May is known across Sri Lanka as the month of Wesak ‒ but this year Wesak celebrations were forced to take a backseat. Following the torrential downpours that lasted for days on end, some parts of the country got flooded, while landslides that occurred upcountry resulted in the massive loss of lives and property.
Although the armed forces were mobilised immediately, there were many ways in which state authorities seemed ill-equipped to deal with the disasters at hand. The government institutions which had been established to deal with such occurrences provided little assistance or assurance at first ‒ there was a lack of centralised coordination on the part of the DMC and plenty of horror stories surfaced about helplines that went unanswered and helpline operators who treated the disaster and calls for help as just-another-day scenarios. Well, where exactly are we going with this?
We would like to start off the Startup Bundle for the combined months of May and June with a quick word of thanks to the startup/entrepreneur community who rose to the occasion with unprecedented haste and enthusiasm. Apps were tweaked, ration logs were updated and shared in real time, while teams of people were deployed to distribute food and aid to those in need. In short, the startup community worked with everyday Sri Lankans to address the emergencies that state institutions were not equipped to handle. If anything, this proves to be an excellent insight into how community-minded the startup ecosystem in Sri Lanka is, and being a startup ourselves, we can’t help but feel some pride in knowing what the community is capable of when we come together.
Without further ado ‒ let’s jump right into the list of promising startups for May and June.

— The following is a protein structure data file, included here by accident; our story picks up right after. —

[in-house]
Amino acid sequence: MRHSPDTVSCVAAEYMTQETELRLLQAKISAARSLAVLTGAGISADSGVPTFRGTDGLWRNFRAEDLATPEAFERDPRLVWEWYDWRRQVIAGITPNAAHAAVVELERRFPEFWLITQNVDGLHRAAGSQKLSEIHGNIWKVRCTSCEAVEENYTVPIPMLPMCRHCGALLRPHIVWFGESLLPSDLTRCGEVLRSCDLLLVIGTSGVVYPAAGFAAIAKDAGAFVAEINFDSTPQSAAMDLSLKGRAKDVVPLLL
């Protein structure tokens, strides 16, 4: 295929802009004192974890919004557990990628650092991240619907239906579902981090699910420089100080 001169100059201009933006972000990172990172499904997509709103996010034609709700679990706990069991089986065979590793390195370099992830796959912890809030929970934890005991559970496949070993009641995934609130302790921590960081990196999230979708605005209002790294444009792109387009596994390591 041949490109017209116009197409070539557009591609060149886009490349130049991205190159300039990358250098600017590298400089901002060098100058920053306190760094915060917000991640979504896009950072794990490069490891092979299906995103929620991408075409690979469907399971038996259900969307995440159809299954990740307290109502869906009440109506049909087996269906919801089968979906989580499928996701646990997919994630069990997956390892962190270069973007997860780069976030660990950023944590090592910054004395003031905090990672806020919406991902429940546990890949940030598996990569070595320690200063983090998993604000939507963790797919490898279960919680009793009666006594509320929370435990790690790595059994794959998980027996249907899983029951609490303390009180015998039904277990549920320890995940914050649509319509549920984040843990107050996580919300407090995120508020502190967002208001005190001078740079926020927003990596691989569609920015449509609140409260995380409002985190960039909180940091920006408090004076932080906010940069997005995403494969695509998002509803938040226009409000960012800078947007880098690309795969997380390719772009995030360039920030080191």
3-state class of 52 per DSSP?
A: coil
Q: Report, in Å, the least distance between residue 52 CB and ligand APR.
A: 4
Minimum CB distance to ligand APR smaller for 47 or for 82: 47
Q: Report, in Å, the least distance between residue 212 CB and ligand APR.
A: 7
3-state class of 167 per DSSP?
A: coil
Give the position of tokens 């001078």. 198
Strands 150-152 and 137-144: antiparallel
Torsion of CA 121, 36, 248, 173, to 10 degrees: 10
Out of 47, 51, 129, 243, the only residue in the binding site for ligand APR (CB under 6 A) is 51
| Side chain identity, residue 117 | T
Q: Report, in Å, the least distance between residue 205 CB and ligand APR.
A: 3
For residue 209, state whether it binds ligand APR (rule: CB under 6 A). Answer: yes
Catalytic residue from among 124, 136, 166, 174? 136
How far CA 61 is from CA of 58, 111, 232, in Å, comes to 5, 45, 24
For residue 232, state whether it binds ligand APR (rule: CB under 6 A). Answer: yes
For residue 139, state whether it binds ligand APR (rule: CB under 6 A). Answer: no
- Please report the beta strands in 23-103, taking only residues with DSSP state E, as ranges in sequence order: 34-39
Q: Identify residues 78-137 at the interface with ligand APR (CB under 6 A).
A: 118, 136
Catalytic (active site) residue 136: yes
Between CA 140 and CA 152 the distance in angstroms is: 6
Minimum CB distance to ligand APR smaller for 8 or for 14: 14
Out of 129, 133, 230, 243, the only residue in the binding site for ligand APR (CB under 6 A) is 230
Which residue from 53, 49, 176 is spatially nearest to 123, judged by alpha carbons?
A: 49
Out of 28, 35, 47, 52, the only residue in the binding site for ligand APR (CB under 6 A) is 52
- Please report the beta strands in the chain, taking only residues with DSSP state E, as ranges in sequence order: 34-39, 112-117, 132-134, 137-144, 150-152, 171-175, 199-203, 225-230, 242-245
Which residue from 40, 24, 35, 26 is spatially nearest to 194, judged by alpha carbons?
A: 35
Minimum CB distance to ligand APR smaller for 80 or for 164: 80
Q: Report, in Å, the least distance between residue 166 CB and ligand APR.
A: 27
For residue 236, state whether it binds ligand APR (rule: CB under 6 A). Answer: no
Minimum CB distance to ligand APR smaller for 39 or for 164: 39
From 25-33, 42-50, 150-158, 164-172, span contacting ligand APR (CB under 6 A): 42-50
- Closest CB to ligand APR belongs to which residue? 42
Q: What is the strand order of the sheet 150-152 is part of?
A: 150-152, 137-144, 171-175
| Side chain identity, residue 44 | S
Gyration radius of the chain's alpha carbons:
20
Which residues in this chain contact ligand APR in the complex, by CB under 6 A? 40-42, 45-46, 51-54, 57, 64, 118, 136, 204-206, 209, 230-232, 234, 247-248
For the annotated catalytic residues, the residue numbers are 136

All you tech enthusiasts may be familiar with Dhanika Perera of Bhasha, a Sri Lankan startup that has its sights set on localising software for Sri Lankans. PayHere happens to be another brainchild of Dhanika’s ‒ and this time around he aims to bring more value to the software services associated with the e-commerce sector of Sri Lanka.
PayHere debuts looking to offer online payment facilities for Sri Lankan merchants. But what sets PayHere apart from the plethora of services that are already available in Sri Lanka? For starters, it’s free to set-up (unlike established banks, which charge users when integrating payment gateways to websites). The only charge that is incurred is when accepting payments through the platform.
Another aspect that PayHere appears to excel at is with regard to ease of integration. Incorporating PayHere services to a website can be as simple as placing a PayHere link or a Checkout button to the interface. Additionally, it also includes a vast variety of payment options that are utilised in Sri Lanka, ranging from credit/debit cards, eZcash, mCash and internet banking payments. PayHere also features Facebook integration going as PayHere Links, which allows a user to accept payments directly from a Facebook page by placing the integration into posts made on the social platform.